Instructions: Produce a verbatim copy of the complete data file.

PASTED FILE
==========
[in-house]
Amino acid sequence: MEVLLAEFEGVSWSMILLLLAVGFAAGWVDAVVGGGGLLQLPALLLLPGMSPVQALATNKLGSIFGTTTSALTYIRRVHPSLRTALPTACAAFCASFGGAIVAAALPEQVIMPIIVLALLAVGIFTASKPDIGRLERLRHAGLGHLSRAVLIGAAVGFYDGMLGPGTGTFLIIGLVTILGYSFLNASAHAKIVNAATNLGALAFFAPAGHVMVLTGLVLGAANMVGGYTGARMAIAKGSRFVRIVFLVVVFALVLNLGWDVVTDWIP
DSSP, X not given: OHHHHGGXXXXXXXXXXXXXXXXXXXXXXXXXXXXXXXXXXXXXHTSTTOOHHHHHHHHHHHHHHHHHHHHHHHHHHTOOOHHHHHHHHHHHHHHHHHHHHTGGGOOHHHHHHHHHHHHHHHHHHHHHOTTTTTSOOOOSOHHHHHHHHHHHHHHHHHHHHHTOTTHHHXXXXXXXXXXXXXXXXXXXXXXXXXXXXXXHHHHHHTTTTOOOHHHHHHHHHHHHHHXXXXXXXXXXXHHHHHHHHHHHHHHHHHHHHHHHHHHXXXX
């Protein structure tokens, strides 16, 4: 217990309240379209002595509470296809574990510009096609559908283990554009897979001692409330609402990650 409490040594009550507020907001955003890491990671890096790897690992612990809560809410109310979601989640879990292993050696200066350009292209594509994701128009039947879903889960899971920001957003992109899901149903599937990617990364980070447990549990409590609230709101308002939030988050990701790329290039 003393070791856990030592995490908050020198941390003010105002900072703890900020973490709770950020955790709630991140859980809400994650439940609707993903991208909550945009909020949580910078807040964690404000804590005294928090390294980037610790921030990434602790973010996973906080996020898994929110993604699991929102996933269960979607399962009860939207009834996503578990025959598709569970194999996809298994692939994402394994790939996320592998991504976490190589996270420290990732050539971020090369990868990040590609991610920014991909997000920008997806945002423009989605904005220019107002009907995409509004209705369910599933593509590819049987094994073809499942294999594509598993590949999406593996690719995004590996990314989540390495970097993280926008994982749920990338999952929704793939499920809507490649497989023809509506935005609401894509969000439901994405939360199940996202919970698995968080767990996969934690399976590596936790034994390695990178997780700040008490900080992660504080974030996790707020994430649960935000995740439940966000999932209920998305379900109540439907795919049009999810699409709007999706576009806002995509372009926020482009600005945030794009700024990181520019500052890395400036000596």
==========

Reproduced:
[in-house]
Amino acid sequence: MEVLLAEFEGVSWSMILLLLAVGFAAGWVDAVVGGGGLLQLPALLLLPGMSPVQALATNKLGSIFGTTTSALTYIRRVHPSLRTALPTACAAFCASFGGAIVAAALPEQVIMPIIVLALLAVGIFTASKPDIGRLERLRHAGLGHLSRAVLIGAAVGFYDGMLGPGTGTFLIIGLVTILGYSFLNASAHAKIVNAATNLGALAFFAPAGHVMVLTGLVLGAANMVGGYTGARMAIAKGSRFVRIVFLVVVFALVLNLGWDVVTDWIP
DSSP, X not given: OHHHHGGXXXXXXXXXXXXXXXXXXXXXXXXXXXXXXXXXXXXXHTSTTOOHHHHHHHHHHHHHHHHHHHHHHHHHHTOOOHHHHHHHHHHHHHHHHHHHHTGGGOOHHHHHHHHHHHHHHHHHHHHHOTTTTTSOOOOSOHHHHHHHHHHHHHHHHHHHHHTOTTHHHXXXXXXXXXXXXXXXXXXXXXXXXXXXXXXHHHHHHTTTTOOOHHHHHHHHHHHHHHXXXXXXXXXXXHHHHHHHHHHHHHHHHHHHHHHHHHHXXXX
């Protein structure tokens, strides 16, 4: 217990309240379209002595509470296809574990510009096609559908283990554009897979001692409330609402990650 409490040594009550507020907001955003890491990671890096790897690992612990809560809410109310979601989640879990292993050696200066350009292209594509994701128009039947879903889960899971920001957003992109899901149903599937990617990364980070447990549990409590609230709101308002939030988050990701790329290039 003393070791856990030592995490908050020198941390003010105002900072703890900020973490709770950020955790709630991140859980809400994650439940609707993903991208909550945009909020949580910078807040964690404000804590005294928090390294980037610790921030990434602790973010996973906080996020898994929110993604699991929102996933269960979607399962009860939207009834996503578990025959598709569970194999996809298994692939994402394994790939996320592998991504976490190589996270420290990732050539971020090369990868990040590609991610920014991909997000920008997806945002423009989605904005220019107002009907995409509004209705369910599933593509590819049987094994073809499942294999594509598993590949999406593996690719995004590996990314989540390495970097993280926008994982749920990338999952929704793939499920809507490649497989023809509506935005609401894509969000439901994405939360199940996202919970698995968080767990996969934690399976590596936790034994390695990178997780700040008490900080992660504080974030996790707020994430649960935000995740439940966000999932209920998305379900109540439907795919049009999810699409709007999706576009806002995509372009926020482009600005945030794009700024990181520019500052890395400036000596």